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Re: Azhdarchidae (Pterosauria) review monograph (free pdf)

Thanks to Ben, as always, for the heads up on a new paper.

I just read through the paper this morning, and it is a rather exhaustive 
review of localities and specimens, which is really useful. I am, however, 
perplexed by the comment that azhdarchids were “most common in nearshore marine 
paleoenvironments” (in the abstract and the discussion of the manuscript) given 
that 65% of the remains are from environments other than coastal marine. Sure, 
the 35% coastal marine is the single largest category given the way the 
taphonomic environments are split up, but if you were to look at them as 
ecological settings, then the coastal systems would be split into several 
categories and the lacustrine and fluvial plain deposits (for example) might 
very well have been pretty similar places to live. Perhaps I am missing 
something critical here (as I don’t do a lot of taphonomy), but it seems like 
the breakdown really says “usually preserved by water, and can be inland or 
marine, because there were all over the place”.



Michael Habib
Assistant Professor of Cell and Neurobiology
Keck School of Medicine of USC
University of Southern California
Bishop Research Building; Room 403
1333 San Pablo Street, Los Angeles 90089-9112

Research Associate, Dinosaur Institute
Natural History Museum of Los Angeles County
900 Exposition Blvd, Los Angeles, CA 90007

(443) 280-0181

On Aug 18, 2014, at 7:31 AM, Ben Creisler <bcreisler@gmail.com> wrote:

> Ben Creisler
> bcreisler@gmail.com
> A new paper in open access:
> Alexander Averianov (2014)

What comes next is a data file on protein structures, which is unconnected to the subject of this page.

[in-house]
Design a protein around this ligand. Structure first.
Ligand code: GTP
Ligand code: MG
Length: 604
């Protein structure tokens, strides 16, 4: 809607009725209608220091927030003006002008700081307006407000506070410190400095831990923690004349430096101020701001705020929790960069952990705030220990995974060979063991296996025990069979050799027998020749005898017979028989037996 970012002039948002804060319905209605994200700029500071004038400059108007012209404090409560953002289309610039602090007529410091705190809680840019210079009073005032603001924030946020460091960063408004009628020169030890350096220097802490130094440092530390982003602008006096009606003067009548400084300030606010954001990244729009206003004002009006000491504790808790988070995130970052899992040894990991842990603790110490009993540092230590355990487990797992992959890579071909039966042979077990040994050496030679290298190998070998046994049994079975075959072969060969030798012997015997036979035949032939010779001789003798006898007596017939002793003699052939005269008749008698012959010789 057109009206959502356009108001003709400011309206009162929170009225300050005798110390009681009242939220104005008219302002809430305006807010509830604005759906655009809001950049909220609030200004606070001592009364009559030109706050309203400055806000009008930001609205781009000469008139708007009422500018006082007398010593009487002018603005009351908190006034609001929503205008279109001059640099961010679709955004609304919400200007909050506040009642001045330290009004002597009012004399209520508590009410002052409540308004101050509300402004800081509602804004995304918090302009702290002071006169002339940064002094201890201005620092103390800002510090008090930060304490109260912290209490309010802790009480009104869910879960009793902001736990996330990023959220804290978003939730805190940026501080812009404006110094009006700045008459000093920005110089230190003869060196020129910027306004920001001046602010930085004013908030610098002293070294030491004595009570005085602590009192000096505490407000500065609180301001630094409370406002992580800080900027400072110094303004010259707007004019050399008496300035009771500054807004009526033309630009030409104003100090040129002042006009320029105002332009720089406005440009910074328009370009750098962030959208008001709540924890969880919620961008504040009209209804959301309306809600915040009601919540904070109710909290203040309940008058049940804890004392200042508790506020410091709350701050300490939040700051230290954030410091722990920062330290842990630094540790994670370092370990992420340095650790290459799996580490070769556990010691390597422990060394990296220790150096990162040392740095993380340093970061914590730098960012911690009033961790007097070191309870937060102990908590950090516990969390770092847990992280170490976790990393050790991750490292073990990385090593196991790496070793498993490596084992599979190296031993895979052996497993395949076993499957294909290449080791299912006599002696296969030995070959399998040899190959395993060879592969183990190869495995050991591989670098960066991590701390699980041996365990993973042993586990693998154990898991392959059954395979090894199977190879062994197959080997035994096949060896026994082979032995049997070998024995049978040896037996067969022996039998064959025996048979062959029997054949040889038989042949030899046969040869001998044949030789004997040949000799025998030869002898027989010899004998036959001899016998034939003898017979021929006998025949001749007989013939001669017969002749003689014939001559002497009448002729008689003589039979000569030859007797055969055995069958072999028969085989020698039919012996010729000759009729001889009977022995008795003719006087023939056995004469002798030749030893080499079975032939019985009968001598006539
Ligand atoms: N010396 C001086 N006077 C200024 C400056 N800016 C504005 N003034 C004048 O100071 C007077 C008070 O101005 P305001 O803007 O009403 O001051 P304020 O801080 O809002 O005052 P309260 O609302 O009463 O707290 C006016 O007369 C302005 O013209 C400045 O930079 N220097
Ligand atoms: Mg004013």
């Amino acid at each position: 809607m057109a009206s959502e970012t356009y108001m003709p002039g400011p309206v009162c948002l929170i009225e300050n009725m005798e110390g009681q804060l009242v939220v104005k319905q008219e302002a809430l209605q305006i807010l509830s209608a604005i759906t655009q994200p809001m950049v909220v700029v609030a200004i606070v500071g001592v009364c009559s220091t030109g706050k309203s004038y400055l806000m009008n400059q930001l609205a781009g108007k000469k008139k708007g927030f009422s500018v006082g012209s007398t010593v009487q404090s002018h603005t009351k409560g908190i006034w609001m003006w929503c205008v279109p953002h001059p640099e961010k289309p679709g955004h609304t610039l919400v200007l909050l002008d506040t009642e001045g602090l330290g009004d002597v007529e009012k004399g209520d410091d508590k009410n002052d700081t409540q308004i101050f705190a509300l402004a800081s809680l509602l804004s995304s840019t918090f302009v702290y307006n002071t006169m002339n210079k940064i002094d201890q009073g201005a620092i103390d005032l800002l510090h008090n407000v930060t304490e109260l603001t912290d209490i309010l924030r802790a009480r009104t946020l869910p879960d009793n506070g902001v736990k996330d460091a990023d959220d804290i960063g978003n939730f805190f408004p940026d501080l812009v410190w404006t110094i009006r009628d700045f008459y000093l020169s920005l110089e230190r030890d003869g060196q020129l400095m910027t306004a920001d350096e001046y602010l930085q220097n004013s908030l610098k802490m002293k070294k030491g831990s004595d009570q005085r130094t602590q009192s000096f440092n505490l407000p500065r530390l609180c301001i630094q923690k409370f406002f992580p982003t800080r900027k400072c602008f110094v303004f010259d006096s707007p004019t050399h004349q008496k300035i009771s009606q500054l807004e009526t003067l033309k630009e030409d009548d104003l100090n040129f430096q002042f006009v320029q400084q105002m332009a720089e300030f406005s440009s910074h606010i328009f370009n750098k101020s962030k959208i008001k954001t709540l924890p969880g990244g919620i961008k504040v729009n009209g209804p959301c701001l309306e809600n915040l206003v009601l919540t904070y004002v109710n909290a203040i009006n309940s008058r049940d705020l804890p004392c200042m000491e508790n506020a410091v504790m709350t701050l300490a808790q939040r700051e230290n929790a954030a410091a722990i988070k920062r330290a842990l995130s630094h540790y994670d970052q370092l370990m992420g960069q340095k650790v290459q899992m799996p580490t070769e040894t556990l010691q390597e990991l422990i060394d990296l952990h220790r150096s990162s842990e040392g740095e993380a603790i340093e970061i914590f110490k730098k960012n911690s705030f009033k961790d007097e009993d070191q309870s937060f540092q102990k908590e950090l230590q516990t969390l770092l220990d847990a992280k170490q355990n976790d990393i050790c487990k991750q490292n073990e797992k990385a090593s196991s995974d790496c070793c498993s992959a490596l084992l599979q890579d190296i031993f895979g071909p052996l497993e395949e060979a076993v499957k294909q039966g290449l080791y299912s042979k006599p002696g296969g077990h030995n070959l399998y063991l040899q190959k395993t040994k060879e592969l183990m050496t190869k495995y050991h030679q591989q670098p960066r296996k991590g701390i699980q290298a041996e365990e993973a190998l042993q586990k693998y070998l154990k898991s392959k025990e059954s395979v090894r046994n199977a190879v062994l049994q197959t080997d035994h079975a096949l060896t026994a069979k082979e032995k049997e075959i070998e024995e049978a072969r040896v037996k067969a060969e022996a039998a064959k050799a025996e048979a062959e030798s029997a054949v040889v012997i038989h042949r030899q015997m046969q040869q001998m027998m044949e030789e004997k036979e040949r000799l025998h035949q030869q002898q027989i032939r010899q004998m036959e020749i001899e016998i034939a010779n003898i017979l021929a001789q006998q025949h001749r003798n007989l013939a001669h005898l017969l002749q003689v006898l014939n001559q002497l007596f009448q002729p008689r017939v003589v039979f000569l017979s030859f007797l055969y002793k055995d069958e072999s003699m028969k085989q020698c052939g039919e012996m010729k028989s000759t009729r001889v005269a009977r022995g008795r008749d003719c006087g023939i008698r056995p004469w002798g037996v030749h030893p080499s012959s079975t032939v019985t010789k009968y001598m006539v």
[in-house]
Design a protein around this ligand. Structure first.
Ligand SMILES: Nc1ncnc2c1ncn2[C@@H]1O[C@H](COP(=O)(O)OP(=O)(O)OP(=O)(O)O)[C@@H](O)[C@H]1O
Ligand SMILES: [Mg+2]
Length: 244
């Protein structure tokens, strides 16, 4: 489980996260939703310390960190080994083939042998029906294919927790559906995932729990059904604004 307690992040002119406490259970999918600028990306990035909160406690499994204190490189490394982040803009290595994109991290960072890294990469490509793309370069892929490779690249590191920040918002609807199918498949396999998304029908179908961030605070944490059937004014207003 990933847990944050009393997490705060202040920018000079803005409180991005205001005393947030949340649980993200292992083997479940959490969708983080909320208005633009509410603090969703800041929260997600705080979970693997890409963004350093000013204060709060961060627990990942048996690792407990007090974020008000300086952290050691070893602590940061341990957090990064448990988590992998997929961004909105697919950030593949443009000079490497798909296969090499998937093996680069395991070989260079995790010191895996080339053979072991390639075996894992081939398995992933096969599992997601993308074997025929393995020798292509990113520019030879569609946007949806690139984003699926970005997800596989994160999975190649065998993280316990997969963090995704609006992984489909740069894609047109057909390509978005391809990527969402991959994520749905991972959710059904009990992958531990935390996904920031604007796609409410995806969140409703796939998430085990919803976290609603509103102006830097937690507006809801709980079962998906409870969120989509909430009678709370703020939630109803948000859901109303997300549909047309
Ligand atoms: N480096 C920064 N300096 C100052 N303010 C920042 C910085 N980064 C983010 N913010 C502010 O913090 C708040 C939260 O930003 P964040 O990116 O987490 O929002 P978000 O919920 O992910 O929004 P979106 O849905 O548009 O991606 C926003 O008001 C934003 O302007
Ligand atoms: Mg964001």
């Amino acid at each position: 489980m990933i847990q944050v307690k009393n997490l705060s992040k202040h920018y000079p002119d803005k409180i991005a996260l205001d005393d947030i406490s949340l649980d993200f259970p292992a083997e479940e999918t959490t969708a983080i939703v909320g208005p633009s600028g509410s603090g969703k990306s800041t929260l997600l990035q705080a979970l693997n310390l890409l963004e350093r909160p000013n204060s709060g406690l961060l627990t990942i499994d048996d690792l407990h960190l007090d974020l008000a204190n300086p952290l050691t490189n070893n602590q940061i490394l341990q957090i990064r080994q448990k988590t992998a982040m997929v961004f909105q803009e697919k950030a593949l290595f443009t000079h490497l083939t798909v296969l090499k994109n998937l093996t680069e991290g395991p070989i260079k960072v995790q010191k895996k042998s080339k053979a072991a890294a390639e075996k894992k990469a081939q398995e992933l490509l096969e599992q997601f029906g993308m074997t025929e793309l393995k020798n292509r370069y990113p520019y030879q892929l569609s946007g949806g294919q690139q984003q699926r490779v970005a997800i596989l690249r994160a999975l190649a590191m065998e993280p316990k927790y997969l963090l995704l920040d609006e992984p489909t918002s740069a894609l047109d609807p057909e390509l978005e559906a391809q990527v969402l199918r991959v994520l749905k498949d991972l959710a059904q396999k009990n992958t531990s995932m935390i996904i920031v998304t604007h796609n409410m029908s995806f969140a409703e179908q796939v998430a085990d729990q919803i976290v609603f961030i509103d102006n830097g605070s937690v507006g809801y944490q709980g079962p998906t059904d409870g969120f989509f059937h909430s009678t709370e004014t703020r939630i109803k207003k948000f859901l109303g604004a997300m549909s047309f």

> Review of taxonomy, geographic distribution, and paleoenvironments of
> Azhdarchidae (Pterosauria).
> ZooKeys 432: 1–107
> doi: 10.3897/zookeys.432.7913
> http://www.pensoft.net/journals/zookeys/article/7913/review-of-taxonomy-geographic-distribution-and-paleoenvironments-of-azhdarchidae-pterosauria-
> The taxonomy, geographic distribution, and paleoenvironmental context
> of azhdarchid pterosaurs are reviewed. All purported pteranodontid,
> tapejarid, and azhdarchid specimens from the Cenomanian Kem Kem beds
> of Morocco are referred to a single azhdarchid taxon, Alanqa saharica.
> The four proposed autapomorphies of Eurazhdarcho langendorfensis from
> the lower Maastrichtian Sebeş Formation of Romania are based on
> misinterpretations of material and this taxon is likely a subjective
> junior synonym of Hatzegopteryx thambema. Among 54 currently reported
> azhdarchid occurrences (51 skeletal remains and 3 tracks) 13% are from
> lacustrine deposits, 17% from fluvial plain deposits, 17% from coastal
> plain deposits, 18% from estuarine and lagoonal deposits, and 35% from
> costal marine deposits. Azhdarchids likely inhabited a variety of
> environments, but were abundant near large lakes and rivers and most
> common in nearshore marine paleoenvironments.
> News story:
> http://www.pensoft.net/journals/zookeys/article/7913/review-of-taxonomy-geographic-distribution-and-paleoenvironments-of-azhdarchidae-pterosauria-